It’s the first Polaroid moment in several years. Yes, the instant camera brand we know and love is now a Polaroid 3D printer — and they’re serious.
Remember Polaroid? The big and boxy instant cameras? They’re back, sort of. But instead of making instant photos, with the Polaroid 3D printer users can expect… instant objects.
(Well, not quite, but it sounds a bit snappier than “several hours objects”.)
They’re not doing it all by themselves. This new machine is the fruits of a collaboration with UK-based EBP (Environmental Business Products), one of Europe’s primary “remanufacturers” of inkjet cartridges. EBP entered the 3D printing market in 2014, and this week at CES 2016 they’ve announced a partnership with one of the most recognizable brands in the world.
The launch product is the Polaroid ModelSmart 250S 3D printer, and as you’d expect, the first official images play heavily on the eighties retro branding of the original cameras.
Based off an initial 3-year contract, EBP will be the sole manufacturer of the Polaroid 3D printer and accessories. They’ll have exclusivity in 15 European markets, and the hardware is set to hit the market later this year.
Key Features of the Polaroid 3D Printer
Considering that this announcement comes rather out of the blue, the specs of the Polaroid 3D Printer look rather good.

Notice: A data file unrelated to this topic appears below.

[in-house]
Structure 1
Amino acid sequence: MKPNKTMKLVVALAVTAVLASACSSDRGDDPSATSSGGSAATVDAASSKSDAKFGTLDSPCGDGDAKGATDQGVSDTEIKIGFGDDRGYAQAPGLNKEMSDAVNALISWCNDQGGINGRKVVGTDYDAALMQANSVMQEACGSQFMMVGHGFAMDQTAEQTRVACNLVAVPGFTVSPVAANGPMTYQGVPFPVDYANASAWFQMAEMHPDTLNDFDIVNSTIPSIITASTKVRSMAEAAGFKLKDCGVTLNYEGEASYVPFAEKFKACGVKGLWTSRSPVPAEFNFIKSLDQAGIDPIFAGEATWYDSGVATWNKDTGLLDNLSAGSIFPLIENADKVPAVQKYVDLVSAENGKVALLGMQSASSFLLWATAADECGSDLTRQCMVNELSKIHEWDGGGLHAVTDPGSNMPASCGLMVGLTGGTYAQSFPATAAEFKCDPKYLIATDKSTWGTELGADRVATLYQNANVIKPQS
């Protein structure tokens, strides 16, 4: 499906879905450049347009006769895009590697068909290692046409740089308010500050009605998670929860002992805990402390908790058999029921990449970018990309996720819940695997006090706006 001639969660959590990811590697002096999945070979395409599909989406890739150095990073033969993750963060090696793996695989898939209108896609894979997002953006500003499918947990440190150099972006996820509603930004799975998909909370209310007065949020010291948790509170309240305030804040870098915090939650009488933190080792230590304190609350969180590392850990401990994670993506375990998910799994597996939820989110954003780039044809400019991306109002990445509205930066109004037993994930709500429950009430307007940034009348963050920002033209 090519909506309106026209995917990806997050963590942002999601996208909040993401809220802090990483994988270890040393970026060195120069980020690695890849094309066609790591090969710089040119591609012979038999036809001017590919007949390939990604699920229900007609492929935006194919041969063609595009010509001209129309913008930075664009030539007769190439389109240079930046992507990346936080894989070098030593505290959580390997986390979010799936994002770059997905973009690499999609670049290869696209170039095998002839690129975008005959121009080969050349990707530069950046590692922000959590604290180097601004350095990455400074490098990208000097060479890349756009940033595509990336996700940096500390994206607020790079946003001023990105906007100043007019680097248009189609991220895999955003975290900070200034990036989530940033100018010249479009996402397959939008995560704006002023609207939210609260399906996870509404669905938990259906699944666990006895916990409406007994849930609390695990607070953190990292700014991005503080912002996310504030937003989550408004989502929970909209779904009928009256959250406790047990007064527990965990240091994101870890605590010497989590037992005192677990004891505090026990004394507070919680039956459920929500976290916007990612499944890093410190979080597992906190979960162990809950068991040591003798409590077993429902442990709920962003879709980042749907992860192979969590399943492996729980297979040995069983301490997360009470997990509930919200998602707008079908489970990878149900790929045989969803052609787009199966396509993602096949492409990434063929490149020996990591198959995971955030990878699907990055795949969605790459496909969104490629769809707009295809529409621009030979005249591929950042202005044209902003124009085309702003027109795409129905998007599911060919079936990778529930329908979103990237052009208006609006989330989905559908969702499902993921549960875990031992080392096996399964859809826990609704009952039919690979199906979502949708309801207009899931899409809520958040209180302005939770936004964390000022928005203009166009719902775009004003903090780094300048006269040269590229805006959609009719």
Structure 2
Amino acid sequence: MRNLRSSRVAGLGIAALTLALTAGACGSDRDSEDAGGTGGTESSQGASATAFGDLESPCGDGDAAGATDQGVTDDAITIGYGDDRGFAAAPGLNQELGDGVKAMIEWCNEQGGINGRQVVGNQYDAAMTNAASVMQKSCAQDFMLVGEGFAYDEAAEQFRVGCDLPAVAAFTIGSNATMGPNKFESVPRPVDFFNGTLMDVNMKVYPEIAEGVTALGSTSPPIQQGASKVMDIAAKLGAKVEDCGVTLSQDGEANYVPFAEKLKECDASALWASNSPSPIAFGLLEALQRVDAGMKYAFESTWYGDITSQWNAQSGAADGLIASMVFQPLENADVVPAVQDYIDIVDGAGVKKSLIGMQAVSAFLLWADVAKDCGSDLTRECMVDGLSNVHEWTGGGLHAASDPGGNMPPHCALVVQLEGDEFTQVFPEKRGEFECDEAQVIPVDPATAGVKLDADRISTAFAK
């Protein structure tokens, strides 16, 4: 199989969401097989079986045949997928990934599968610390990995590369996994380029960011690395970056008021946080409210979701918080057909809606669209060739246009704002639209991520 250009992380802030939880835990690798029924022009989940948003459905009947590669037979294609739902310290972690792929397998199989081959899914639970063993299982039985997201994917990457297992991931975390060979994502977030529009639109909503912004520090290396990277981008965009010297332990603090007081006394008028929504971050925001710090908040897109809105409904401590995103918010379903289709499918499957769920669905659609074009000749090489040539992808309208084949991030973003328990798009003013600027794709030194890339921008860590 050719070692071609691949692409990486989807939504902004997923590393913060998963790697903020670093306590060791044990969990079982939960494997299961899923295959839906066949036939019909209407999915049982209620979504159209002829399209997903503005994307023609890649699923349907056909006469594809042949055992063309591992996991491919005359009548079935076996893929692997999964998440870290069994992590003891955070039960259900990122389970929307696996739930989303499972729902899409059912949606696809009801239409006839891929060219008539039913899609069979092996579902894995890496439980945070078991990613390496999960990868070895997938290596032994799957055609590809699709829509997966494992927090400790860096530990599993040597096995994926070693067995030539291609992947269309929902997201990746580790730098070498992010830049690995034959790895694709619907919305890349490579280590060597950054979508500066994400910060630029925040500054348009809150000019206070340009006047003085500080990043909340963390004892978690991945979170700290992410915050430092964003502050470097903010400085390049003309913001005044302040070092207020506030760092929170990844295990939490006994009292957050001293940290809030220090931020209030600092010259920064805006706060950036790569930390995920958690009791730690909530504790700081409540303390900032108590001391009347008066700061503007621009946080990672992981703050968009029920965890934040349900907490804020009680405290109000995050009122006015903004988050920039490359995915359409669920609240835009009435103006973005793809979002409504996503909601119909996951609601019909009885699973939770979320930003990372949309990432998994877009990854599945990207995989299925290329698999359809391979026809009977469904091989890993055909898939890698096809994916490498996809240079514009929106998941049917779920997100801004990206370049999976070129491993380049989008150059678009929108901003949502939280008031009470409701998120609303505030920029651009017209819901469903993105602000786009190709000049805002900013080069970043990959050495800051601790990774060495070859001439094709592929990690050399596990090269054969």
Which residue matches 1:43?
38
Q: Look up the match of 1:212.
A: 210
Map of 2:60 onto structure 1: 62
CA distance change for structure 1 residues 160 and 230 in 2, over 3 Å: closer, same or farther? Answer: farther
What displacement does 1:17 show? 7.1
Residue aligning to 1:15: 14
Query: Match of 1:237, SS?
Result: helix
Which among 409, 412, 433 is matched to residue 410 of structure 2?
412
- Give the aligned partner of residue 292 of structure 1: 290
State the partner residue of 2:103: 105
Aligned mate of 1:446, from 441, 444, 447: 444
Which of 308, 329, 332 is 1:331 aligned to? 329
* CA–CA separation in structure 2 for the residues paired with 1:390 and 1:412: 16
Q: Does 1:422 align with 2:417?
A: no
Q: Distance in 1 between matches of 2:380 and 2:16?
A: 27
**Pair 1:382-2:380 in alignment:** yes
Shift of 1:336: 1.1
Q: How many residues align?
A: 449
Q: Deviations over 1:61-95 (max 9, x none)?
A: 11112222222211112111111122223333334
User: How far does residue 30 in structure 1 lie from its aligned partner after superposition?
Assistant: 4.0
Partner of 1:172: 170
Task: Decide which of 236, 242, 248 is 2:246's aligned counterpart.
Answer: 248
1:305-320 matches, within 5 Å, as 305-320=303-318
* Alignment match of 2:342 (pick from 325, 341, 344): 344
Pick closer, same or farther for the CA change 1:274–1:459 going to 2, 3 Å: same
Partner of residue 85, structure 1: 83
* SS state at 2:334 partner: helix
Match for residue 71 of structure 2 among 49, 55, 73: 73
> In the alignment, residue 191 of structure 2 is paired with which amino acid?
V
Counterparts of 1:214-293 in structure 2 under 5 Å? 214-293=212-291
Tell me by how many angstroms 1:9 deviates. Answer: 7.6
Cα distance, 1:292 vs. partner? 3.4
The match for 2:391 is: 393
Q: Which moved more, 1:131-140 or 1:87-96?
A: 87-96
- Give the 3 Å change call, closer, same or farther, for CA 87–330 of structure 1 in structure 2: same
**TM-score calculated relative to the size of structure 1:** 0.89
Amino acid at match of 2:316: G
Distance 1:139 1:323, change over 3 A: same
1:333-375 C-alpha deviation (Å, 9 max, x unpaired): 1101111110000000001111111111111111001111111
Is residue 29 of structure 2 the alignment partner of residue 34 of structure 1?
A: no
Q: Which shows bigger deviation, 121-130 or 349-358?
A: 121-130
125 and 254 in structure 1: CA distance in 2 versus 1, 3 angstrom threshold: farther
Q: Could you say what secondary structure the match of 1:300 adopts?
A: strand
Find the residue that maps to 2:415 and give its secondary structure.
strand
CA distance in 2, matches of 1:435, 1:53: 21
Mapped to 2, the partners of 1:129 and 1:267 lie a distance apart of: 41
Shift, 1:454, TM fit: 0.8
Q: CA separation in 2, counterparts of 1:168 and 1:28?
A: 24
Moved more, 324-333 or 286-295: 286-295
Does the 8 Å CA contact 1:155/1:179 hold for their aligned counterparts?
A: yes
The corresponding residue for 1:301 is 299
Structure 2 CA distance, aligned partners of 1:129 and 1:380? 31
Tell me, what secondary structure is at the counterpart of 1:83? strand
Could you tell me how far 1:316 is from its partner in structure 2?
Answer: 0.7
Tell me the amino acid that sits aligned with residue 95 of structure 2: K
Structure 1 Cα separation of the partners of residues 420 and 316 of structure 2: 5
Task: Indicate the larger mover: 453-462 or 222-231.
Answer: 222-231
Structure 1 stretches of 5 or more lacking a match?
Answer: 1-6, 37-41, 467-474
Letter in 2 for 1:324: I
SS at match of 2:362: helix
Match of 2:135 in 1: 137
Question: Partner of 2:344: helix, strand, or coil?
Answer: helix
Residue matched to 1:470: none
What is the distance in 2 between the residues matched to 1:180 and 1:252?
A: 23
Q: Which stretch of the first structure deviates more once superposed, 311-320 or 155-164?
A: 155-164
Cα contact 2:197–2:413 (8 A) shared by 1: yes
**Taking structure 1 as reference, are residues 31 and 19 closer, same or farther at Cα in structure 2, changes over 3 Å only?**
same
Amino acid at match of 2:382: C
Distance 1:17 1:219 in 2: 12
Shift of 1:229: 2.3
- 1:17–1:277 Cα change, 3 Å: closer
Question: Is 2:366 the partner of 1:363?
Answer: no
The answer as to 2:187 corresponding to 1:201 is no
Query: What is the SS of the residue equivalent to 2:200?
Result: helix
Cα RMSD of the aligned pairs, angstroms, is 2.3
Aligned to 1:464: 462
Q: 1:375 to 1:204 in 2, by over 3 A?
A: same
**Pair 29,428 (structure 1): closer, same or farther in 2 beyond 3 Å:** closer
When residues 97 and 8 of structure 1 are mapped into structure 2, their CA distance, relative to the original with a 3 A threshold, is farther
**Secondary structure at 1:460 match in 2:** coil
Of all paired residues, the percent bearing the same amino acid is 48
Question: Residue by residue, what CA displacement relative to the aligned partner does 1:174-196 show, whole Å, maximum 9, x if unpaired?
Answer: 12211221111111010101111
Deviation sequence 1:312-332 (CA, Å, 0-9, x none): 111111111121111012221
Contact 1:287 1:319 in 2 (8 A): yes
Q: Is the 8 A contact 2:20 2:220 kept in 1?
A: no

Topline features include a WiFi enabled camera inside, meaning the print can be observed remotely, and an ever-useful auto calibration feature to avoid wobbly build-plates. The specs in full:
- WiFi enabled camera
- Maximum model size 250(w) x 150(h) x 150(d) mm
- Auto calibration
- Vertical resolution (layer height) 50 – 350 micron
- Proprietary Helpful Printer Driver software
- Nine PLA colors (Pink, Blue, Green, Yellow, Orange, Lime, Black, White, Silver) and Wood
- Bi-directional smartchip mechanism on filament cartridge to identify filament levels and ensures correct material is used
- Transparent double-sided adhesive Z-Axis sheets applied to the print bed for effortless application, adhesion and model removal
More specs and pretty pictures can be found on their site here. And below is a marketing video where people are playing with plastic trinkets. We’re praying that this won’t be the full extent of the uses found for the printer…
Our take? It’s quite the surprise to see the name “Polaroid” popping up in the 3D printing ecosystem, but there’s something strangely comforting about those familiar old Polaroid stripes. Let’s see how the machine performs when it hits the market.
License: The text of "Polaroid 3D Printer is Plastic Eighties Retro FANTASTIC" by All3DP is licensed under a Creative Commons Attribution 4.0 International License.